posted on Nov, 19 2012 @ 09:06 PM
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reply to post by Bedlam
 


Thanks, knew that. ...My results so far - traced biocomputers back to 1994. Various bio-things like enzymes, amoeba (bacteria?) used to provide on/off (binary) switches. Looks like most developments applied to medical technologies, military, and nano-tech. Standardization was a problem by 2008.



Biocomputers can be an alternative for traditional "silicon-based" computers, which continuous development may be limited due to further miniaturization (imposed by the Heisenberg Uncertainty Principle) and increasing the amount of information between the central processing unit and the main memory (von Neuman bottleneck). The idea of DNA computing came true for the first time in 1994, when Adleman solved the Hamiltonian Path Problem using short DNA oligomers and DNA ligase. In the early 2000s a series of biocomputer models was presented with a seminal work of Shapiro and his colleguas who presented molecular 2 state finite automaton, in which the restriction enzyme, FokI, constituted hardware and short DNA oligomers were software as well as input/output signals. DNA molecules provided also energy for this machine. DNA computing can be exploited in many applications, from study on the gene expression pattern to diagnosis and therapy of cancer. The idea of DNA computing is still in progress in research both in vitro and in vivo and at least promising results of these research allow to have a hope for a breakthrough in the computer science.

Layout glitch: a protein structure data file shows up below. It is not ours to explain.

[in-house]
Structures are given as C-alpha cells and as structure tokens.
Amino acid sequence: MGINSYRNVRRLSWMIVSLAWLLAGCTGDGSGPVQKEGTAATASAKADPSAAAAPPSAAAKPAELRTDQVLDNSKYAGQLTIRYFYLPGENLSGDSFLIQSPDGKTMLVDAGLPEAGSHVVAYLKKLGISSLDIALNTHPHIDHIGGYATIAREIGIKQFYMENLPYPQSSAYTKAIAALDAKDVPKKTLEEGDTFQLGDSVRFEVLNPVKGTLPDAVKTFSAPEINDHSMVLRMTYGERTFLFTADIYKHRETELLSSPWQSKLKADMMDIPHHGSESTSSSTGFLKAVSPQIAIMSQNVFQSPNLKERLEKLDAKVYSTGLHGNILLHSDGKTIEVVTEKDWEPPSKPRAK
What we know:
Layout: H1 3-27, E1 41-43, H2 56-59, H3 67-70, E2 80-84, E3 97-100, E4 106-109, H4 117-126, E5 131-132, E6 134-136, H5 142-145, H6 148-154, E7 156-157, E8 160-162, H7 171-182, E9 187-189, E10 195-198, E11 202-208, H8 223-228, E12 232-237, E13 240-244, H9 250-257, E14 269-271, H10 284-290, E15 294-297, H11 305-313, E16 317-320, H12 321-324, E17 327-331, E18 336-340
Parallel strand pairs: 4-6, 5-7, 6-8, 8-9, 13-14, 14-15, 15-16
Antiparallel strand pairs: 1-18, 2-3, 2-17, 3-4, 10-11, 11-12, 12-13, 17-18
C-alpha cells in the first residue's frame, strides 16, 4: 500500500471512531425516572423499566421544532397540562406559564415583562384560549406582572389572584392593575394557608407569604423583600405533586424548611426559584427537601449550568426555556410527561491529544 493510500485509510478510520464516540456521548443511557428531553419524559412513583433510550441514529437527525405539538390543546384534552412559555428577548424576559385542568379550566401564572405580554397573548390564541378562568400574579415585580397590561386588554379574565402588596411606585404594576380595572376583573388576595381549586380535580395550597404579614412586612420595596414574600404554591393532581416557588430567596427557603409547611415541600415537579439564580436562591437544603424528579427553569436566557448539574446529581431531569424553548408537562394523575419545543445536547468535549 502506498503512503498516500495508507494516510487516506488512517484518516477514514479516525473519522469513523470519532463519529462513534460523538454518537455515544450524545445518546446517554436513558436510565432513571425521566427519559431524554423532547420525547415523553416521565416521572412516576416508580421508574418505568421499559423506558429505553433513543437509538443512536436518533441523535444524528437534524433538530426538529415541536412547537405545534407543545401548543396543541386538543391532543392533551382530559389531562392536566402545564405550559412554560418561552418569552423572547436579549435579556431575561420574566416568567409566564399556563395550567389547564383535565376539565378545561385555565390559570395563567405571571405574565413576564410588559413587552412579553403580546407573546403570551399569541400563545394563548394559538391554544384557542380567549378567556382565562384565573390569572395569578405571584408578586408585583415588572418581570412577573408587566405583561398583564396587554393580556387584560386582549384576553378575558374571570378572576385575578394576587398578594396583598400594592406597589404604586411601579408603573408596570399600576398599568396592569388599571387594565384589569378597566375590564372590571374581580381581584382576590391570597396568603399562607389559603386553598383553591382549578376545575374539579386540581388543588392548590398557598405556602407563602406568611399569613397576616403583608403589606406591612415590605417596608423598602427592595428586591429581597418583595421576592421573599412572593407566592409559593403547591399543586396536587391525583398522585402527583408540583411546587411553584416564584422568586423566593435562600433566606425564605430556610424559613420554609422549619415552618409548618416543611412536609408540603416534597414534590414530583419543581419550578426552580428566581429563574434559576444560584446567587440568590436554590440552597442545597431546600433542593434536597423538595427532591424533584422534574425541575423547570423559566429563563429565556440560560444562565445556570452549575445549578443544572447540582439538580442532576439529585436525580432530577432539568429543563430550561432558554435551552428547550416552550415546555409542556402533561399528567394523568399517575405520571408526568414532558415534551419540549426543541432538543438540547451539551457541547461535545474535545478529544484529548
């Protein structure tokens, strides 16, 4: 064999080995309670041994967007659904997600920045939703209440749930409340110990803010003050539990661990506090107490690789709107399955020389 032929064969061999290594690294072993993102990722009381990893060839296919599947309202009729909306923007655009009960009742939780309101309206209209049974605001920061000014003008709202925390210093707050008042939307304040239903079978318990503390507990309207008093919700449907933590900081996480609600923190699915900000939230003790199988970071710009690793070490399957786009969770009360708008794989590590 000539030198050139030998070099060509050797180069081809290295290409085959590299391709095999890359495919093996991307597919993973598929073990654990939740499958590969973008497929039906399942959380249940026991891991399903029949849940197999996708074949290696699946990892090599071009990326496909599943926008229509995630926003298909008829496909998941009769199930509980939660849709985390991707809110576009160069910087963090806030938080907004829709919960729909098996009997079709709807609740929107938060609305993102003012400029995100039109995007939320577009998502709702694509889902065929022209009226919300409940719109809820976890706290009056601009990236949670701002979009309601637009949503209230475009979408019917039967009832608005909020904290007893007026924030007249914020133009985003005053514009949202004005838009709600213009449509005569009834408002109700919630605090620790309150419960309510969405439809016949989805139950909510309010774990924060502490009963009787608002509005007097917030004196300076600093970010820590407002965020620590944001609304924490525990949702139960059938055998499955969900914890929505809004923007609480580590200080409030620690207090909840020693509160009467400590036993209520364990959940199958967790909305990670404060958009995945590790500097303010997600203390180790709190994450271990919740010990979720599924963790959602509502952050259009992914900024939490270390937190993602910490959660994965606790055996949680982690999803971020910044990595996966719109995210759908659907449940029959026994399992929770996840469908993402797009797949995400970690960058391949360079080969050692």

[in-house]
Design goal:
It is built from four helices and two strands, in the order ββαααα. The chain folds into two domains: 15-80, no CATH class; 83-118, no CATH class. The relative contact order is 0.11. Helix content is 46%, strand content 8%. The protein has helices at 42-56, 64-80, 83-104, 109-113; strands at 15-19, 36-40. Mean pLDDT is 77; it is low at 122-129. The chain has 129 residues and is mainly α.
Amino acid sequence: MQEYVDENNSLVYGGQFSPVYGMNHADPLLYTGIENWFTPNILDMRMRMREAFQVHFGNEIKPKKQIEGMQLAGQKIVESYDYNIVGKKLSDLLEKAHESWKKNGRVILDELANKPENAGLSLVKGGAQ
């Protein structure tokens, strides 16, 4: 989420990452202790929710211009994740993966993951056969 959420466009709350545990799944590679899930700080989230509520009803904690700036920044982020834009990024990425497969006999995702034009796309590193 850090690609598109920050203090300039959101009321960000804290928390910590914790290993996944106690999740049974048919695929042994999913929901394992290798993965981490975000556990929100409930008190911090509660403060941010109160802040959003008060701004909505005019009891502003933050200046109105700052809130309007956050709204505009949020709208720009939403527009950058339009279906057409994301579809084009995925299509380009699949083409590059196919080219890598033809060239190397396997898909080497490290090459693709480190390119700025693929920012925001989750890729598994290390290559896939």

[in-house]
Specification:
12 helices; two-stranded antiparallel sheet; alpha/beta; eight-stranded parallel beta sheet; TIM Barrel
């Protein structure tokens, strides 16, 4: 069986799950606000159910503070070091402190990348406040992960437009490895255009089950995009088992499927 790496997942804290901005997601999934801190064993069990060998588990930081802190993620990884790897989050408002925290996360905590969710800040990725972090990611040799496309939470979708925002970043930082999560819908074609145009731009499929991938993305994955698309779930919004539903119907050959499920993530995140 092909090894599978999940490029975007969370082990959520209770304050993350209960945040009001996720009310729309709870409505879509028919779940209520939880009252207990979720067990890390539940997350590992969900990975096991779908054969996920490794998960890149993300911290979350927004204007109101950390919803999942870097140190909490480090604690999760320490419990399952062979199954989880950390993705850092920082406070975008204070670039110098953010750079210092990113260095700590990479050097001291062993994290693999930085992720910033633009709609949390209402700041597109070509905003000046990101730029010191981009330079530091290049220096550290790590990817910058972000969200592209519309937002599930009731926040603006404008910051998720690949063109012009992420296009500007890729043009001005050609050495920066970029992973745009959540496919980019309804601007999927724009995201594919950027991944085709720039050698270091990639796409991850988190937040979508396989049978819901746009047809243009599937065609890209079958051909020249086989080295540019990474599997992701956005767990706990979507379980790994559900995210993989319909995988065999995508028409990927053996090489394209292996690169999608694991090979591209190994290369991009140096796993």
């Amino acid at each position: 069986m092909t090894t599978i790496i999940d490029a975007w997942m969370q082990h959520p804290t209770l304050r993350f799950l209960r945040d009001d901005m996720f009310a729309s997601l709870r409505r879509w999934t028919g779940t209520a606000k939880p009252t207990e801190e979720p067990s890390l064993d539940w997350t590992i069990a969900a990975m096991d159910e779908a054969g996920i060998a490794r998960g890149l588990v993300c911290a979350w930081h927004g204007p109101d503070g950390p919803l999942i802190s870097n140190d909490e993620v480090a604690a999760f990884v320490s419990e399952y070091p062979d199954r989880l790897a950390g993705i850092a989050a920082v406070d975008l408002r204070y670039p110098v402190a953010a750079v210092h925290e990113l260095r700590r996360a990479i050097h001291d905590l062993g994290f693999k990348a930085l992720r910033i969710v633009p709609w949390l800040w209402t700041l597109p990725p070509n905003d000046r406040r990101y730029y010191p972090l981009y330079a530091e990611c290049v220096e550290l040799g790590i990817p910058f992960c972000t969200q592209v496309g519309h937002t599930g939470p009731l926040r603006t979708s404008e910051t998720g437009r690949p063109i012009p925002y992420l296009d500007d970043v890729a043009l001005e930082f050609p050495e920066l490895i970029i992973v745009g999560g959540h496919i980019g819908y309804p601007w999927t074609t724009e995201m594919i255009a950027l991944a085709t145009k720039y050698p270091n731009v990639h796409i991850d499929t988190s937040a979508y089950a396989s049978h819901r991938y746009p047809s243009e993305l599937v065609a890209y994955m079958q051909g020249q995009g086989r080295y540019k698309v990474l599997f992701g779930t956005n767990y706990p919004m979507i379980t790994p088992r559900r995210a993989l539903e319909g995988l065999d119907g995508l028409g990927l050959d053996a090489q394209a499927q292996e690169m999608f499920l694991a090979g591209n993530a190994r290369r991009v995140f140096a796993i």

1990: Development of a biochemical switching device: mathematical model.

The author previously showed with computer simulations that cyclic enzyme systems have the reliability of ON-OFF types of operation (McCulloch-Pitts' neuronic equation) and the applicability for a switching circuit in a biocomputer. The switching time was inevitably determined in accordance with the difference in amount between two inputs of the system. A unique switching mechanism of cyclic enzyme systems (basic switching element) and the effects of excitatory stimuli on switching properties of the integrated biochemical switching system are demonstrated.